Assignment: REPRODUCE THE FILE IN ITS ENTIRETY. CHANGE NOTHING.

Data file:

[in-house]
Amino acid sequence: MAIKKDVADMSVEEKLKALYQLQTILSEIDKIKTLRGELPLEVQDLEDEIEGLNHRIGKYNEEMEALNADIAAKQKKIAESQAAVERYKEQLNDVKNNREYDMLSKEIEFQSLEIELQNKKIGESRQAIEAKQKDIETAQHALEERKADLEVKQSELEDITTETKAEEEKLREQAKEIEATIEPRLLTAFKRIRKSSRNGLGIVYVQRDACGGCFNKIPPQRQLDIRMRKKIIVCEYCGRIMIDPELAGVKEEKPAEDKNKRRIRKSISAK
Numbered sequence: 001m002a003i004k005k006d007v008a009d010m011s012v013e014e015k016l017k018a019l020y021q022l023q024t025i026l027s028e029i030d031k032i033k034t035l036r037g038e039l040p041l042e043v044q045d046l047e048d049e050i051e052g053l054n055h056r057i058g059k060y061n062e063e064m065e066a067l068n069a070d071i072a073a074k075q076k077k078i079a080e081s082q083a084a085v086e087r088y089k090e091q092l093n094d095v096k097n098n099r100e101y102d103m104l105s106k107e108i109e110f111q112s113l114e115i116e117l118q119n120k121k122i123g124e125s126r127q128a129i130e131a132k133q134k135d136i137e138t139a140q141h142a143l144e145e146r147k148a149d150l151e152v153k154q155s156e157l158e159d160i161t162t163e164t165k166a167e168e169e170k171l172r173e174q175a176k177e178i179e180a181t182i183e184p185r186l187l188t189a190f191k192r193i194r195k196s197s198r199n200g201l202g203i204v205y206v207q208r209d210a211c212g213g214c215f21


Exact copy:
[in-house]
Amino acid sequence: MAIKKDVADMSVEEKLKALYQLQTILSEIDKIKTLRGELPLEVQDLEDEIEGLNHRIGKYNEEMEALNADIAAKQKKIAESQAAVERYKEQLNDVKNNREYDMLSKEIEFQSLEIELQNKKIGESRQAIEAKQKDIETAQHALEERKADLEVKQSELEDITTETKAEEEKLREQAKEIEATIEPRLLTAFKRIRKSSRNGLGIVYVQRDACGGCFNKIPPQRQLDIRMRKKIIVCEYCGRIMIDPELAGVKEEKPAEDKNKRRIRKSISAK
Numbered sequence: 001m002a003i004k005k006d007v008a009d010m011s012v013e014e015k016l017k018a019l020y021q022l023q024t025i026l027s028e029i030d031k032i033k034t035l036r037g038e039l040p041l042e043v044q045d046l047e048d049e050i051e052g053l054n055h056r057i058g059k060y061n062e063e064m065e066a067l068n069a070d071i072a073a074k075q076k077k078i079a080e081s082q083a084a085v086e087r088y089k090e091q092l093n094d095v096k097n098n099r100e101y102d103m104l105s106k107e108i109e110f111q112s113l114e115i116e117l118q119n120k121k122i123g124e125s126r127q128a129i130e131a132k133q134k135d136i137e138t139a140q141h142a143l144e145e146r147k148a149d150l151e152v153k154q155s156e157l158e159d160i161t162t163e164t165k166a167e168e169e170k171l172r173e174q175a176k177e178i179e180a181t182i183e184p185r186l187l188t189a190f191k192r193i194r195k196s197s198r199n200g201l202g203i204v205y206v207q208r209d210a211c212g213g214c215f21